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Verónica Donoso

Nike Retzmann

March 10th, 2021

The impact of the COVID-19 crisis: is online teaching increasing inequality and decreasing well-being for children?

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Estimated reading time: 2 minutes

Verónica Donoso

Nike Retzmann

March 10th, 2021

The impact of the COVID-19 crisis: is online teaching increasing inequality and decreasing well-being for children?

0 comments | 30 shares

Estimated reading time: 2 minutes

The COVID-19 pandemic has posed an unprecedented challenge to countries worldwide. With the emerging need for “social distancing”, in the span of weeks, schools around the world had to find ways to carry out most of their activities online. Amidst this challenging time, the ySKILLS project conducted interviews with 34 experts from the educational field and the labour market from six European countries (Estonia, Finland, Germany, Italy, Poland and Portugal). In this blog post, Verónica Donoso and Nike Retzmann summarise the experts’ views about how the pandemic is affecting children’s engagement with digital technologies and they voiced their concerns about increasing inequalities and decreasing well-being.  

Social inequalities are still a reality in Europe

This crisis has made it clear that some students are having problems, they are being left behind (Education expert, Estonia).

The COVID-19 pandemic has revealed that even in the richest EU countries, social and digital inequalities persist. As some of the interviewed experts noted, some schools were well equipped with the necessary infrastructure, devices and human capital, while others had been entirely unprepared to cope with the challenge of offering digital education. Equally, not all students have had sufficient access to digital equipment or a reliable internet connection at home. Although local initiatives were launched in some countries to provide children with the required digital devices, some students faced great difficulties to access and to deal with online educational resources and were, therefore, likely to suffer learning losses. One expert from Italy pointed out that “not in every case the distance learning was offered in the best of environments. You always need to engage with connectivity problems, device problems and everything.”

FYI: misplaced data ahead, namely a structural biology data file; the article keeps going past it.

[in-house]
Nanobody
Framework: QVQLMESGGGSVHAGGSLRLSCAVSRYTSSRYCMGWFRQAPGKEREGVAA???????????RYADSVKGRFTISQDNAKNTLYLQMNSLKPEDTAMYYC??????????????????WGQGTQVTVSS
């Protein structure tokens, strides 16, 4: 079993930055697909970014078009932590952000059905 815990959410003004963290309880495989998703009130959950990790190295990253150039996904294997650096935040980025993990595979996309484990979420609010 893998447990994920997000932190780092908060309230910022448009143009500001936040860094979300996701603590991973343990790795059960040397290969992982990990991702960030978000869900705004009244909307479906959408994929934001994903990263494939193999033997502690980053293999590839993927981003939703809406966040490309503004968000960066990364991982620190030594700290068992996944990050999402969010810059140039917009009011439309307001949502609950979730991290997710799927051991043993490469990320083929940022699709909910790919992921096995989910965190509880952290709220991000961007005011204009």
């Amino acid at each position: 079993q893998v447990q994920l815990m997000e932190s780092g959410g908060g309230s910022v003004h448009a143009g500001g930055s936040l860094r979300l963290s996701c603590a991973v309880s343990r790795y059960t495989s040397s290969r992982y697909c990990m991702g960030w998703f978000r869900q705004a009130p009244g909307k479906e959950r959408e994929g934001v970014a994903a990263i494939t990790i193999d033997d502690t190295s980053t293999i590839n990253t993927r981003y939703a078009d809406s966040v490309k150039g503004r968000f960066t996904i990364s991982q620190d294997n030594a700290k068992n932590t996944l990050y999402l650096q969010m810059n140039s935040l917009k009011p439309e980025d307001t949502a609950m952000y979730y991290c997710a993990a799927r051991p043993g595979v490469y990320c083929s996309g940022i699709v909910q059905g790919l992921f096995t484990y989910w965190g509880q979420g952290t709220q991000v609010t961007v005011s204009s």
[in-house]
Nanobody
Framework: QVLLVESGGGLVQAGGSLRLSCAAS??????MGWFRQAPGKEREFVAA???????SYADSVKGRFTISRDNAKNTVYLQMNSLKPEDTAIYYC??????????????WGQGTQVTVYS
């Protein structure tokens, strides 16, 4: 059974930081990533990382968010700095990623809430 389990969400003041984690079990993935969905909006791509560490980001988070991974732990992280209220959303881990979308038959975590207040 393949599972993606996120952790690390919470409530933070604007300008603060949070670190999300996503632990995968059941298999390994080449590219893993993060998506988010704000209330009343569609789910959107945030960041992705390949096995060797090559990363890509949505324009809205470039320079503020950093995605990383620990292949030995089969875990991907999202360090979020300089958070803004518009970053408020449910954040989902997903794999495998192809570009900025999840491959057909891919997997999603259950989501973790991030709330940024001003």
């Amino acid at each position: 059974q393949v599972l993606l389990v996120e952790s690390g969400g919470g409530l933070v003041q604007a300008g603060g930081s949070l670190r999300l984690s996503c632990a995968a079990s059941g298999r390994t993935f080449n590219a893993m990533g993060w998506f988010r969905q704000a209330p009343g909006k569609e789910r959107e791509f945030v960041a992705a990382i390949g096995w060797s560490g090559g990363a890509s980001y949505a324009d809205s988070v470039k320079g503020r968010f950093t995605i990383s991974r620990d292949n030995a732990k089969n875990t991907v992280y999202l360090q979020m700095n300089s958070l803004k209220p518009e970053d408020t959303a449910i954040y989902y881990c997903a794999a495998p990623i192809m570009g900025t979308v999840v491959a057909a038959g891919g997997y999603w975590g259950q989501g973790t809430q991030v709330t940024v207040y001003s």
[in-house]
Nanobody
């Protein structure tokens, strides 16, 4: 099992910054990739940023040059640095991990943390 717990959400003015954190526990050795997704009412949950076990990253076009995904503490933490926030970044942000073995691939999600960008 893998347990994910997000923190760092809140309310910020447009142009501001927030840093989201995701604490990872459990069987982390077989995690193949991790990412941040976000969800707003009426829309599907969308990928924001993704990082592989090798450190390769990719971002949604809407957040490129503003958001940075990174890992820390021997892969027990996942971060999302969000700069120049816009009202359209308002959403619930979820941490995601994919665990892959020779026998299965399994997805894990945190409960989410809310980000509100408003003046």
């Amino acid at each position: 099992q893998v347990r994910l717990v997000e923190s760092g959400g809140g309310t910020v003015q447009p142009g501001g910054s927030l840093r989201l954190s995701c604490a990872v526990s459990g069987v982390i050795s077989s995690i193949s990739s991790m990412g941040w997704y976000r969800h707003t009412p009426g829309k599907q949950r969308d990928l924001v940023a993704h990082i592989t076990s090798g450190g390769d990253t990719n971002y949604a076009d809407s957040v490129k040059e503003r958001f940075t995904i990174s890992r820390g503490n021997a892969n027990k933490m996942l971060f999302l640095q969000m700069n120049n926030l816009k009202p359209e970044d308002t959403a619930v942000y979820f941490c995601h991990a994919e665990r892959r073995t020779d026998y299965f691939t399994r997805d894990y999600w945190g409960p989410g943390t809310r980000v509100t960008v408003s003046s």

Lacking access to technologies was not the only obstacle to education during the COVID-19 pandemic: lacking access to an education expert was also a factor.

In many cases, parents have become teachers. Although not everyone can teach, many responsibilities and tasks are imposed on parents (Education expert, Portugal)

Another expert from Poland commented that “in addition to understanding the material, [parents] had to develop ways to improve regularity and planning of work of their children. They had to take care of their mental hygiene”. Unfortunately, in many situations, children may be unable to learn due to skills gaps among their teachers or a lack of parental support. As a recent UN policy brief describes “in most European countries, children from lower socio-economic backgrounds are more likely to lack reading opportunities, a quiet room, and parental support during school closure”. Moreover, important inequalities exist in how parents support their children’s development with digital technologies.

The COVID-19 pandemic has affected children’s well-being

It is visible how much the kids need support, how much they want to see and talk to each other […]. We observe elevated stress and anxiety levels in both students and parents (Education expert, Poland)

It became clear during our interviews that as new digital challenges emerged, students did not only have to quickly acquire new knowledge and skills, but they also had to spend considerable time in front of screens to do schoolwork and to socialise with their peers. An education expert from Estonia reflected that nowadays students must learn to “self-regulate” their time between their sessions on social media, chatting with their friends and doing schoolwork.

Children are forced to spend many hours a day in front of their screens. (Education expert, Portugal)

Despite increased time on social media, interviewees mentioned that children missed the physical contact with their peers. An education expert from Poland noted that they saw many students requesting consultations with teachers or school psychologists because of increased anxiety or stress levels: “Remote learning has increased the number of informal contacts. There are numerous consultations with teachers, psychologists, parents – definitely more than normally […]. This is a paradoxical effect – the desire for constant contact has increased. It shows how important the care and pedagogic functions of the school are.”